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Misleading
misleading

CLAIM ID

61614814

A Nashville woman was permanently paralyzed after getting the COVID-19 vaccine.

There is no conclusive evidence to suggest a causal link between the Pzifer-BioNTech vaccine and paralysis.

A woman from Nashville, Tennessee, claimed to suffer from paralysis after receiving the second shot of the Pfizer vaccine. However, the claim is misleading as currently, there is no conclusive evidence to suggest a causal link between paralysis and the Pfizer vaccine.

On April 16, 2021, a few hours after receiving the second shot of a Pzifer vaccine, Brandy Parker-McFadden, experienced neck pain and an impaired sensation in her legs. She claimed to suffer from paralysis due to the vaccine. Ten days later, the movement in her arms and legs returned. So far, there is no conclusive evidence that the adverse event occurred due to the Pfizer vaccine. In a statement, Pzifer said that their ongoing investigation did not identify "any safety signals with paralysis and the Pzifer-BioNTech vaccine." Additionally, the Centres for Disease Control and Prevention website explicitly states that the available COVID-19 vaccines are "safe and effective."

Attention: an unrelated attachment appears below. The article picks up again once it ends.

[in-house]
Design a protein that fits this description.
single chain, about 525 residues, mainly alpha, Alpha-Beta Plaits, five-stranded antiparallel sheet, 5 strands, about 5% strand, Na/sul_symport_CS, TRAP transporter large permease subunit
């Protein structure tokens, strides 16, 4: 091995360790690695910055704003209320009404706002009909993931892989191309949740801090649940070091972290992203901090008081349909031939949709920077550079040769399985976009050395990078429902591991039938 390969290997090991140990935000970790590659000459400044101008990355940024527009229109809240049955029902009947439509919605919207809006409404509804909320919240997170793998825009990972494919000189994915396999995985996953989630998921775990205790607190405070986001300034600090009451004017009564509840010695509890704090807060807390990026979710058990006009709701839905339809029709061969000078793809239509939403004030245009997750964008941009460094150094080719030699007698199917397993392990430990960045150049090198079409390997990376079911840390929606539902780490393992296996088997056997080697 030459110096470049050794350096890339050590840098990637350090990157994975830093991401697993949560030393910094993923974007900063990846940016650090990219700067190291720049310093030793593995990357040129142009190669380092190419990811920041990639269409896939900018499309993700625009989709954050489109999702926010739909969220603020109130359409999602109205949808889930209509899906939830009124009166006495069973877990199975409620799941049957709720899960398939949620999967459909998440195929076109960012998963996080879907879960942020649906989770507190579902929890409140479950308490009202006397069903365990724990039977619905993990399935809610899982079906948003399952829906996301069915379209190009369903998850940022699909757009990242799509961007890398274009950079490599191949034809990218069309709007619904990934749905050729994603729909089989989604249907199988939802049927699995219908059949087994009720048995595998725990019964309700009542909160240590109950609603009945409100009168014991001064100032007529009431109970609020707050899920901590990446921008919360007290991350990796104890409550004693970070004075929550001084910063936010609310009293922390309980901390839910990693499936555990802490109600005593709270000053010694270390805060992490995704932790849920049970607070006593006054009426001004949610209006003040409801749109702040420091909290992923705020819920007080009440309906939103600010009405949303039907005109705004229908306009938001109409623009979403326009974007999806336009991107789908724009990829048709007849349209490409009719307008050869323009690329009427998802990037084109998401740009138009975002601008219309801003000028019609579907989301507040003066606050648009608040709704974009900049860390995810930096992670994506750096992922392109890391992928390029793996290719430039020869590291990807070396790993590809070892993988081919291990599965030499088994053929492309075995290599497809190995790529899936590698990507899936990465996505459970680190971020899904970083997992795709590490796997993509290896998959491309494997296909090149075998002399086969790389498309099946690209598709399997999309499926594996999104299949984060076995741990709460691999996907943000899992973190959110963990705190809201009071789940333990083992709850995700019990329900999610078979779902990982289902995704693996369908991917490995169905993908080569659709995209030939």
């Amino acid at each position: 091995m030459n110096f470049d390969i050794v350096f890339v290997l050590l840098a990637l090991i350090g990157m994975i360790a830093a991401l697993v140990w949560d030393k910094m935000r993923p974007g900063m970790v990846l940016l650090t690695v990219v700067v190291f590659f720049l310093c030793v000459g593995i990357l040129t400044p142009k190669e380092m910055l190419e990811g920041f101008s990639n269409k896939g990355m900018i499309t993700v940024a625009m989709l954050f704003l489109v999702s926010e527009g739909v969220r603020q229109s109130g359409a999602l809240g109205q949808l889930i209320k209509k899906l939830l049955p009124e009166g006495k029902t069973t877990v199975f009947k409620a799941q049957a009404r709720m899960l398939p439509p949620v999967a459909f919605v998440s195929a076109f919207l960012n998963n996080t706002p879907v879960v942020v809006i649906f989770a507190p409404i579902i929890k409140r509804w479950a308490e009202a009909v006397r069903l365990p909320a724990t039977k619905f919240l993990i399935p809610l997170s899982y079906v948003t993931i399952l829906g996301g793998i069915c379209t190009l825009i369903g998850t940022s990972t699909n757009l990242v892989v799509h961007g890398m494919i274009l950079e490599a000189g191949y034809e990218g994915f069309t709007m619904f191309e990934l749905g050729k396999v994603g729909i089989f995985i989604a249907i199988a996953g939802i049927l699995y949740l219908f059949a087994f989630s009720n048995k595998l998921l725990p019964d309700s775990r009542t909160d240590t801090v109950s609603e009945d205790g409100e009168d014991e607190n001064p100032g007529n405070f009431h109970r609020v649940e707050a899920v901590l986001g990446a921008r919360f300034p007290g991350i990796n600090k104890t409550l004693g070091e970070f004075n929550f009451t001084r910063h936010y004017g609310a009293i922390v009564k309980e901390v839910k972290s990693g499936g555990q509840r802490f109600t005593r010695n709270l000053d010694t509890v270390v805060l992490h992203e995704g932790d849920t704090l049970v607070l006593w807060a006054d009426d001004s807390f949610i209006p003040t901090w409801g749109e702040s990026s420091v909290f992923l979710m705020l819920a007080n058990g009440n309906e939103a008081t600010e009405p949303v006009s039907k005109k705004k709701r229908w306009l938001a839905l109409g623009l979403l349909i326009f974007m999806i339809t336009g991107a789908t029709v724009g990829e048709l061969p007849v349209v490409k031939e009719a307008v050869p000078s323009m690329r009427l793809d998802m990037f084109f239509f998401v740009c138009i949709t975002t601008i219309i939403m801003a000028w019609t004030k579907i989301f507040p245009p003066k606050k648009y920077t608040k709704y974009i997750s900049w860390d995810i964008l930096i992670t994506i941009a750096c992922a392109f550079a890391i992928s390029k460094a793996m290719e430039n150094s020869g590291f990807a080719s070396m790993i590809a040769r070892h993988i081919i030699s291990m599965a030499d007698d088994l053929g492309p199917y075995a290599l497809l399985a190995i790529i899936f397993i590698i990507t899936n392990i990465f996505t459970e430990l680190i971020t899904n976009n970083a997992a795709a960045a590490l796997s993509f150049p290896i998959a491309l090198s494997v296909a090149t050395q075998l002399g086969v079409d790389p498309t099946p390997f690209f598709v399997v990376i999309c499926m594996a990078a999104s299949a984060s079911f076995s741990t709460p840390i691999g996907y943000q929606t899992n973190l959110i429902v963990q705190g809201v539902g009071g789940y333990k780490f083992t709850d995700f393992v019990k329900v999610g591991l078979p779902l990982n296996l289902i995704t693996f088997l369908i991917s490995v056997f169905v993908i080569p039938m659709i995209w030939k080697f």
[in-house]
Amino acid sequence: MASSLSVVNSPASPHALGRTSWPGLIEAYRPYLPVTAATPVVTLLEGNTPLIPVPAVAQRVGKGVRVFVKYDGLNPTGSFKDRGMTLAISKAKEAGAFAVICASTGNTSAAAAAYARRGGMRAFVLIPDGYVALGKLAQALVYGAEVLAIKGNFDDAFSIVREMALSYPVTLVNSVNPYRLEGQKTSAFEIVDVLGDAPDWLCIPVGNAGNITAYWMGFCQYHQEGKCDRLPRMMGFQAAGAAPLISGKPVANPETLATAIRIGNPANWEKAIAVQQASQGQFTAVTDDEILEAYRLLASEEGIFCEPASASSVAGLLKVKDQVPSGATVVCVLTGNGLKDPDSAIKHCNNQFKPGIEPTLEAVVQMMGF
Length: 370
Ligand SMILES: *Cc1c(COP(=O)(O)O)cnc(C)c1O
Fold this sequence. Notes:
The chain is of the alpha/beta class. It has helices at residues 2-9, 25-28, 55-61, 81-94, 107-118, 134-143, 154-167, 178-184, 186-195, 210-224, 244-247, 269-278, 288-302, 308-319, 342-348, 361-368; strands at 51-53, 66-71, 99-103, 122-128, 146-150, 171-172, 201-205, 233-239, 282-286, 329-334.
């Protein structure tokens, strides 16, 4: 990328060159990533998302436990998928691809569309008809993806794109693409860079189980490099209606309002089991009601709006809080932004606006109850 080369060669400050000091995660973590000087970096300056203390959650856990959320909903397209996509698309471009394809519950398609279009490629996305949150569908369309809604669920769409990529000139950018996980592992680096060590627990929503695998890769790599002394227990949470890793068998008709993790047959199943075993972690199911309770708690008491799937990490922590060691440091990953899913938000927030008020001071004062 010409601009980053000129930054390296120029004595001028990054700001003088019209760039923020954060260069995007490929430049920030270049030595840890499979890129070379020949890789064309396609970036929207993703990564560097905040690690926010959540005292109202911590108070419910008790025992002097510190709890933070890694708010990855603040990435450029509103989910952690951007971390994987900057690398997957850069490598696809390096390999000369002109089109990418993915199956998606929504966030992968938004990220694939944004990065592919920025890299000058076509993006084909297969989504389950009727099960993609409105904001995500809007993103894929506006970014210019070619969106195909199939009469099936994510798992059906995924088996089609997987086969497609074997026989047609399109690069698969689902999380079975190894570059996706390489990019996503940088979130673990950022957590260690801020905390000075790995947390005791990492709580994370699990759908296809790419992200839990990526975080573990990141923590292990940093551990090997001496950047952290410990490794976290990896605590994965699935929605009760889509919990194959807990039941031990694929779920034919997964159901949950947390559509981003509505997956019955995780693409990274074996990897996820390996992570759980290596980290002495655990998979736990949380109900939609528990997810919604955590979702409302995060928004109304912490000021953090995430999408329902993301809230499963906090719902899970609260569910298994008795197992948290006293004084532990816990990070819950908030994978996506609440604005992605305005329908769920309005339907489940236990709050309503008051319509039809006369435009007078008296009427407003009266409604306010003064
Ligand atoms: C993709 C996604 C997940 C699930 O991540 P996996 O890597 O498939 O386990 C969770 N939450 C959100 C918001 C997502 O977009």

The pandemic has given rise to plenty of misinformation around COVID-19 and the vaccines. In January 2021, Reuters debunked a claim regarding a causal link between paralysis and the COVID-19 vaccine in the U.S.

So far, the U.S. has administered 297 million vaccine doses and vaccinated 41% of its population with two doses. Bloomberg reported that COVID-19 infection levels flattened or declined in areas where vaccination rates are highest.

The COVID-19 pandemic has given rise to a lot of potentially dangerous misinformation. For reliable advice on COVID-19, including symptoms, prevention, and available treatment, please refer to the World Health Organization or your national healthcare authority.

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